1. Set the room for success. "Most meeting spaces are not places where...'joy goes to die.'" The article suggests organizing the chairs in a circle or arc so everyone can see everyone else. Keep everyone on the same level-no stages or podiums. The message to meeting attendees is: "We're all equal."
2. Prevent "mic hogs" from dominating. You know the problem: "I just have one question" turns into a rant. A good chairperson can and should cut off longwinded participants. Think about your favorite radio talk shows where hosts can say: "We got it! Would anyone like to respond?"
3. Encourage the quiet people to speak up. Leaders often know could contribute and can ask them to speak up. Sometimes a reluctant participant will open up if there are smaller breakout groups. Sometimes a group leader who is hanging out in the back of the room can identify interesting side conversations that should be shared and signal the moderator. Reward quiet people with comments like "I hear what you're saying..."
4. Flatten out the hierarchy. A participant who claims to have lots of experience or expertise might intimidate other participants. Gently remind the group that every opinion is welcomed. Avoid the appearance of "Big I's and little u's."
5. Stay in control of the meeting. If the moderator is pushing her/his own ideas, the meeting will easily get out of control. RHINO encourages groups to have two leaders: a social leader whose job is to encourage participation and involvement and a task leader who focuses on issues. Social leaders should be the meeting moderators.
6. Encourage participants to speak plainly.Eschew jargon and acronyms! Unfamiliar words and acronyms can discourage participation. Many meeting participants will hesitate to say "what does that mean" for fear of seeming dumb in front of others.
7. Transform negativity. When a meeting participant says "nothing can be done" or something negative, the moderator needs to remind the participants of other situations where collective action has worked. An example of success that is within peoples experience of the participants can quickly offset "bad vibes."
8. Encourage dialogue. A successful meeting will be a learning experience not a boxing match where participants throw punches to land points. A moderator can encourage presenters to explain their positions by asking 'Why do you think that?" or "help us understand better what would happen." Sometimes when issues are really polarized, ask each side to explain the other side's position. A technique like this can give each a chance to walk in the other side's shoes.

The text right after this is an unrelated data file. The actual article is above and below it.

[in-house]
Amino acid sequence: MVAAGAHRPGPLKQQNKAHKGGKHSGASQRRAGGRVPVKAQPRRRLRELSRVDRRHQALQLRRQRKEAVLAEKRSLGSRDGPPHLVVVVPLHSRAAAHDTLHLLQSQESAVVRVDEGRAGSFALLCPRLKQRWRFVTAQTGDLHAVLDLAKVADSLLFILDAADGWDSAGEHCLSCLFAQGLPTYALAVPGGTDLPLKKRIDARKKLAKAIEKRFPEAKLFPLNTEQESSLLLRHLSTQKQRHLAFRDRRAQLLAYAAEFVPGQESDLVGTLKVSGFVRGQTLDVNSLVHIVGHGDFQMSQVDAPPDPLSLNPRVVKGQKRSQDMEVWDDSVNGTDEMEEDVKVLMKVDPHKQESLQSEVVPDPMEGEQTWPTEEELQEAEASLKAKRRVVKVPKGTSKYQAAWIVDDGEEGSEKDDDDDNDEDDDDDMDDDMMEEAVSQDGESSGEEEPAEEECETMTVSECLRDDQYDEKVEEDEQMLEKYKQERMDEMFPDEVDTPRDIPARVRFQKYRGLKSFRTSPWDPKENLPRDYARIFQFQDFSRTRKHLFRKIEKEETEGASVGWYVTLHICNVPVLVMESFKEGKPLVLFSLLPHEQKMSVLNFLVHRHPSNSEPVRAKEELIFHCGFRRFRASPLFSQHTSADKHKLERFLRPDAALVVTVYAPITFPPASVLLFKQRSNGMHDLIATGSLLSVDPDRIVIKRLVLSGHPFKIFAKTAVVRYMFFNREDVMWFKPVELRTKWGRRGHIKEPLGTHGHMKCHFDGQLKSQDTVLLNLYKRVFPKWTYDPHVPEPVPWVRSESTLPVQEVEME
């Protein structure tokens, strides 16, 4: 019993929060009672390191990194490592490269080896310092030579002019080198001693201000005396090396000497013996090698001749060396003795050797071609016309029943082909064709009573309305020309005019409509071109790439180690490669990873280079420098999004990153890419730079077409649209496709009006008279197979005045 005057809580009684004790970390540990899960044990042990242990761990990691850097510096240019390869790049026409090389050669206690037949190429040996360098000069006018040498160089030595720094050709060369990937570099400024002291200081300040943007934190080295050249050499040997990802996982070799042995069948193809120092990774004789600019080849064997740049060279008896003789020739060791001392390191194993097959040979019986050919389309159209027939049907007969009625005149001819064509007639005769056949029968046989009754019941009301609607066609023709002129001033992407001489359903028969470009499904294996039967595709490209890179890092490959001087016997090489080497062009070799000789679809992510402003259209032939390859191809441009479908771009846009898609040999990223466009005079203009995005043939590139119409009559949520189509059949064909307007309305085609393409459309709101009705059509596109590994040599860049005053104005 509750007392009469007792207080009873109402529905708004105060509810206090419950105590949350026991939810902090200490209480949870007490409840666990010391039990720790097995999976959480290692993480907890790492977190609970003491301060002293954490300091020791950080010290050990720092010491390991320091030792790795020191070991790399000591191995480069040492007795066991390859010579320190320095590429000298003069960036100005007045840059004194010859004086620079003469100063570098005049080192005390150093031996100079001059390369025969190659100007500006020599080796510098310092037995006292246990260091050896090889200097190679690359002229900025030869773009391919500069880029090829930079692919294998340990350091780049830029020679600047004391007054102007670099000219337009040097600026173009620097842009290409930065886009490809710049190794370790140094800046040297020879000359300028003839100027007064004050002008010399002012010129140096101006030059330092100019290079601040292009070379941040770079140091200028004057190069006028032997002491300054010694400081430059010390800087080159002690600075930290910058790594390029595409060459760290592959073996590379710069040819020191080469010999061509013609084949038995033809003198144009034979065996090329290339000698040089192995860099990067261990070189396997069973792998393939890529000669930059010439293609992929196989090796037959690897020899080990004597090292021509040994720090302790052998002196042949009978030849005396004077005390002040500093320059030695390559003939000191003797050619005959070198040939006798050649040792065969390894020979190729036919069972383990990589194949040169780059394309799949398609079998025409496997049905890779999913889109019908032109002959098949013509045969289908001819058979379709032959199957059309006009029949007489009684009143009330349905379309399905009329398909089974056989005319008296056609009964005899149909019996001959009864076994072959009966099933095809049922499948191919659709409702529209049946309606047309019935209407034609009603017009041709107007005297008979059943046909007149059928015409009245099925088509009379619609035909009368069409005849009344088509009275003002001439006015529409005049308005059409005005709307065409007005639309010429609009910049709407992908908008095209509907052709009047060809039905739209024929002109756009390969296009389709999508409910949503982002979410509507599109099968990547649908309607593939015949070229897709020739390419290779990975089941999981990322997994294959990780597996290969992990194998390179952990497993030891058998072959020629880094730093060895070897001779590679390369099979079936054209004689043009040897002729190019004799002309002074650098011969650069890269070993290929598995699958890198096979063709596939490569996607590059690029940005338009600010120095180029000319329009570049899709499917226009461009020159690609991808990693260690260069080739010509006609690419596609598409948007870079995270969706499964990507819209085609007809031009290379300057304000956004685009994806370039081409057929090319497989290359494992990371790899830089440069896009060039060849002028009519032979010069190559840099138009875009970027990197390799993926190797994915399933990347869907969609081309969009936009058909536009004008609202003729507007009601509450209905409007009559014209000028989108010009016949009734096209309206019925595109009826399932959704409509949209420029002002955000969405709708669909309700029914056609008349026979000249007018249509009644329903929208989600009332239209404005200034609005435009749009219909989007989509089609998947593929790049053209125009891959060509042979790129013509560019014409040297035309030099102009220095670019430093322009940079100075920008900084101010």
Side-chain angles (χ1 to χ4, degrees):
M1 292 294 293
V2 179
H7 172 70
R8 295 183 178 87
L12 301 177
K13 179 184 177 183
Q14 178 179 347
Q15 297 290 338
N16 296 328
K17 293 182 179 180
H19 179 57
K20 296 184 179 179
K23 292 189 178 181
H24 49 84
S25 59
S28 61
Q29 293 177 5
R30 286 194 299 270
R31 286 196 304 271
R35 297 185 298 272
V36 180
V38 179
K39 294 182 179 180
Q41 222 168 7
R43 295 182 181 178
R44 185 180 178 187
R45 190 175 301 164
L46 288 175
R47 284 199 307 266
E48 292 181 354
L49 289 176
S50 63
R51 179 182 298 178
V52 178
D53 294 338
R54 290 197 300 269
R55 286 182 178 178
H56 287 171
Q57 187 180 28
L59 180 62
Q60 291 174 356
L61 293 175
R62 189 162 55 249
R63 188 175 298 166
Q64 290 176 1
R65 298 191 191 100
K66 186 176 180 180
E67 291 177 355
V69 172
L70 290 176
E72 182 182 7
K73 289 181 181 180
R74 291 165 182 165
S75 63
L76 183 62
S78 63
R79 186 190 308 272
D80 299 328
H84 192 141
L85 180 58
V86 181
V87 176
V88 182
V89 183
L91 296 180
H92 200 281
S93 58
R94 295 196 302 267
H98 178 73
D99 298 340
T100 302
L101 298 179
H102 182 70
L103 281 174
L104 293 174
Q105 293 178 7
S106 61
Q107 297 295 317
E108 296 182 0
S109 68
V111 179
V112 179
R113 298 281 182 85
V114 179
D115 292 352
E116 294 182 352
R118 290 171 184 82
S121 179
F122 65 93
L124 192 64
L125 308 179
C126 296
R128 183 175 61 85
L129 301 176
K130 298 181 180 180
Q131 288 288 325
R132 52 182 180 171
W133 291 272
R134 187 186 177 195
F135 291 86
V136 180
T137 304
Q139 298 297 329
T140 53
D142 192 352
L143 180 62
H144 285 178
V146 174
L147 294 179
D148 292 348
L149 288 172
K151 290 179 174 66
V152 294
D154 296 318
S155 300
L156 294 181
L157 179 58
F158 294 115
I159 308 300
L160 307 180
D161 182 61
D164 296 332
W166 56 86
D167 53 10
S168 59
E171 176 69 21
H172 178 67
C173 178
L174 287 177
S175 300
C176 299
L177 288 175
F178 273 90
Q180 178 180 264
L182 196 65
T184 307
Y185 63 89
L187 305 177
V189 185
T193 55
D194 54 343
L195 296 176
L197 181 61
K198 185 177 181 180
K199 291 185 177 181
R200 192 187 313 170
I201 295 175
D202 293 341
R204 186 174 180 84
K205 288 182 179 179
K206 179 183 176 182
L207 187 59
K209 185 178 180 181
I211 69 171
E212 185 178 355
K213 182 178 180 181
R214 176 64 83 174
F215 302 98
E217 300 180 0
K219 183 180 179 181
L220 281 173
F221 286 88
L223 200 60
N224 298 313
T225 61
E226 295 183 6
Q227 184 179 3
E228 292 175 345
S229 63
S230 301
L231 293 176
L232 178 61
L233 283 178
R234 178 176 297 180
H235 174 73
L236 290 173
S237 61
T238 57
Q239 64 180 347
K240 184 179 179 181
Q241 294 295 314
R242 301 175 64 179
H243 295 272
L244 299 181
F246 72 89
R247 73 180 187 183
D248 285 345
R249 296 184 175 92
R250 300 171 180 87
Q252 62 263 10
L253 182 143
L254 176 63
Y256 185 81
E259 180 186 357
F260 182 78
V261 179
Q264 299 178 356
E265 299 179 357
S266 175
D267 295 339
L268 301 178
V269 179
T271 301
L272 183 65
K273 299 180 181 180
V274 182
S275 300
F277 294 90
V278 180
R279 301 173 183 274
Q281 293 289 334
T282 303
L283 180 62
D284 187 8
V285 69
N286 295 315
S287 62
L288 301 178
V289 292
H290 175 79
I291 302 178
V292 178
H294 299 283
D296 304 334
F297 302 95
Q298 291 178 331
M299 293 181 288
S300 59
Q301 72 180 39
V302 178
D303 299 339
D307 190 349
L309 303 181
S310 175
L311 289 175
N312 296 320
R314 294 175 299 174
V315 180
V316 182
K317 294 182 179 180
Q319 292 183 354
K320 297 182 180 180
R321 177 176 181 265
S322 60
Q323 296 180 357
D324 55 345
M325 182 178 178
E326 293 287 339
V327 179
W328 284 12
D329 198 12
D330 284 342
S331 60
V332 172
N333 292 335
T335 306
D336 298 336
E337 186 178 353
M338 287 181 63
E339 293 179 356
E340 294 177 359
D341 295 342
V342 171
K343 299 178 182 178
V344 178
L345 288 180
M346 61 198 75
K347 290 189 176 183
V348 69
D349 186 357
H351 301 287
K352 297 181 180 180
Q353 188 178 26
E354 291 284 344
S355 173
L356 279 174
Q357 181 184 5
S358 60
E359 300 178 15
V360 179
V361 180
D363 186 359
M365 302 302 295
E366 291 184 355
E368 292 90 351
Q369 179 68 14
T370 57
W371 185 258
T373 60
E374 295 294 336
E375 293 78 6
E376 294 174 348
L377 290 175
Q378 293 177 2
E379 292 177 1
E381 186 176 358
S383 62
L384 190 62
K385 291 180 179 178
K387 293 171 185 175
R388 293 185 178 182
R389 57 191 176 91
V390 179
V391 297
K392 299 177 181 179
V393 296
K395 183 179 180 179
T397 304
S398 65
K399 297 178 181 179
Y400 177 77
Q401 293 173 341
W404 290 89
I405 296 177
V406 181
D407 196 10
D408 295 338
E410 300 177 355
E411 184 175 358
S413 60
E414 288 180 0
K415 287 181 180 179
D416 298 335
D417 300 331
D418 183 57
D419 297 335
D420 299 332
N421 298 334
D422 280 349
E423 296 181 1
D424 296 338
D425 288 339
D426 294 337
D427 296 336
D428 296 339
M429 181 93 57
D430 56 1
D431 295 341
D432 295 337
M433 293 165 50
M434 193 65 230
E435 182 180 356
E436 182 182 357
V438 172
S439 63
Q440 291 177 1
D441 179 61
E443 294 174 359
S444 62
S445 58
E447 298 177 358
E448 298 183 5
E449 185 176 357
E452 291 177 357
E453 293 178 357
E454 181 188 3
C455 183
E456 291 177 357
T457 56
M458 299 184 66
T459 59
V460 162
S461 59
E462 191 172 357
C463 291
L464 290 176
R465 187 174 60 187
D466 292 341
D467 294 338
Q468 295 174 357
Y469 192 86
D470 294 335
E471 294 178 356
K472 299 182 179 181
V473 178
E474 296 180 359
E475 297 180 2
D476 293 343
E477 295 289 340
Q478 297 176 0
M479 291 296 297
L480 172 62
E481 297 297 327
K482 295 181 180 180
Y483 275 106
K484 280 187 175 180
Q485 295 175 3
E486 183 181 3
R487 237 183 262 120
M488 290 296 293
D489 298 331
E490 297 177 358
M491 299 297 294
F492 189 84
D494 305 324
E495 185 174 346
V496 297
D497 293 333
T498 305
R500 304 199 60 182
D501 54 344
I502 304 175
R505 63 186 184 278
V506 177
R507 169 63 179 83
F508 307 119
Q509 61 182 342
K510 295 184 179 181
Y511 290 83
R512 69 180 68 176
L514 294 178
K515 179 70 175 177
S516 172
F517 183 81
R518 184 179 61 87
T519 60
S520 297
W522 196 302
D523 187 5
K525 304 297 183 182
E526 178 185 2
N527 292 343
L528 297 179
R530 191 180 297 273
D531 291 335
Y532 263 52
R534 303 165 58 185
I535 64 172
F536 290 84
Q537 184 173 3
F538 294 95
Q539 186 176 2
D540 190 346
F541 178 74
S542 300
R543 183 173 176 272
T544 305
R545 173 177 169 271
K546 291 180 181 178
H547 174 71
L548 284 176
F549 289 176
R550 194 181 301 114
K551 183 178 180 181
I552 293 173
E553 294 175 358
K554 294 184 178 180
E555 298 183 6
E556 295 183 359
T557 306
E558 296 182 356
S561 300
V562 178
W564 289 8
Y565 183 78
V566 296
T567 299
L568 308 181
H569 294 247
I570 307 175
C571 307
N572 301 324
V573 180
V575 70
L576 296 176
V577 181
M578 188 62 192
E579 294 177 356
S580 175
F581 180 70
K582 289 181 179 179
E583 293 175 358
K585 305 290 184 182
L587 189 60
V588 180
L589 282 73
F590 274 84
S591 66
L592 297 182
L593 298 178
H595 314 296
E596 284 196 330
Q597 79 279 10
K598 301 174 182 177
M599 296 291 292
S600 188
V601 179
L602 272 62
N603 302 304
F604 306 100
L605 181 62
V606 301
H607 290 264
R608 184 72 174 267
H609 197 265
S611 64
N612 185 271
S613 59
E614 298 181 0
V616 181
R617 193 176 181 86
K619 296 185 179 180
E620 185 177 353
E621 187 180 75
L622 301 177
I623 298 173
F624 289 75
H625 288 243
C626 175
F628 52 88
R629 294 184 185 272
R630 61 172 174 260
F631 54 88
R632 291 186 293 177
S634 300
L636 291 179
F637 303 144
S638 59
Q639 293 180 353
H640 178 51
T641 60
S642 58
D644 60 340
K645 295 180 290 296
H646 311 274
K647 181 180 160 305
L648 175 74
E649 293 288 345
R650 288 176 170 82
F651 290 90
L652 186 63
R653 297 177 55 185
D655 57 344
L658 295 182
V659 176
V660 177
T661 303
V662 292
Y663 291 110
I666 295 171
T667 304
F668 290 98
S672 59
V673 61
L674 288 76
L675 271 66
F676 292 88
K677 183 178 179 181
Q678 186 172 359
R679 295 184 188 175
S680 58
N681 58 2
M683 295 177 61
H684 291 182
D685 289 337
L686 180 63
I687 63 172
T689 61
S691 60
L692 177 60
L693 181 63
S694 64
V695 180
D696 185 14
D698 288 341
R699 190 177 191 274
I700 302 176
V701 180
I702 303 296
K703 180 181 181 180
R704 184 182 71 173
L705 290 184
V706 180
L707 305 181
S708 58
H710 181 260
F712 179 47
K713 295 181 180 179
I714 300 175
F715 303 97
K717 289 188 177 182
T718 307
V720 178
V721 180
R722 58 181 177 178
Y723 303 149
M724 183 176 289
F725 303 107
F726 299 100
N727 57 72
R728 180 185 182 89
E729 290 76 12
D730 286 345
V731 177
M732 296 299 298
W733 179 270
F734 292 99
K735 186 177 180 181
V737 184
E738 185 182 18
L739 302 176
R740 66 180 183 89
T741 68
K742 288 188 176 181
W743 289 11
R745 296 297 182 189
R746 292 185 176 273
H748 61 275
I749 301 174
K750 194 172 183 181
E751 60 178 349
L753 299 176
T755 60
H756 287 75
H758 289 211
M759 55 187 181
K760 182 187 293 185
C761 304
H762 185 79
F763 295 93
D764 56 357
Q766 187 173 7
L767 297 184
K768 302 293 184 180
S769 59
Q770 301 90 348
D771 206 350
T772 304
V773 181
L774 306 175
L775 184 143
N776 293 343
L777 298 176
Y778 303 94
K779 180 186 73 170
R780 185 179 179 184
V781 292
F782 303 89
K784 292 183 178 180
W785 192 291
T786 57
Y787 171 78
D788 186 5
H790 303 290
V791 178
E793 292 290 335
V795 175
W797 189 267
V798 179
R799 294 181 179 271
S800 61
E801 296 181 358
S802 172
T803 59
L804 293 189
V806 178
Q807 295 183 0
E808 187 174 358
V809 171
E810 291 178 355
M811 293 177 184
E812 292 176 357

9. Avoid fake meetings. The purpose of a meeting is to make decisions. If there are no decisions to be made...don't hold a meeting! If the issue is already decided, send out a flyer or or hold a press conference. This can be a tricky problem for groups that have a "regular monthly meeting." One idea is that leaders need to plan to have an issue to present at every meeting. But if the group is more social, maybe have a business meeting one month and a social meeting on the alternate month. Social meetings could include movies, bingo, speakers or craft activities.
As leaders develop the knack of controlling disruptive behaviors and promoting participation, members will start to look forward to meetings. No one is born knowing how to run a meeting. Three ways to learn are observing other groups, asking for feedback from participants, and reading up on the subject.
posted February 21, 2016
Planning a meeting
Time when most tenants can attend.
Place where all tenants can attend: a public space (not a private residence) that has physical access
Give people a REASON to attend, not just a duty to attend. Plan guest speakers, specialized content, important decisions to be made.
Rules for behavior at meetings
Avoid gossip:that will divide the members
no personal attacks
no name calling
no comments that stigmatize a class of tenants (seniors, families with children, minority groups)
Curtail long winded speeches or frequent speakers. Keep the discussion lively...not boring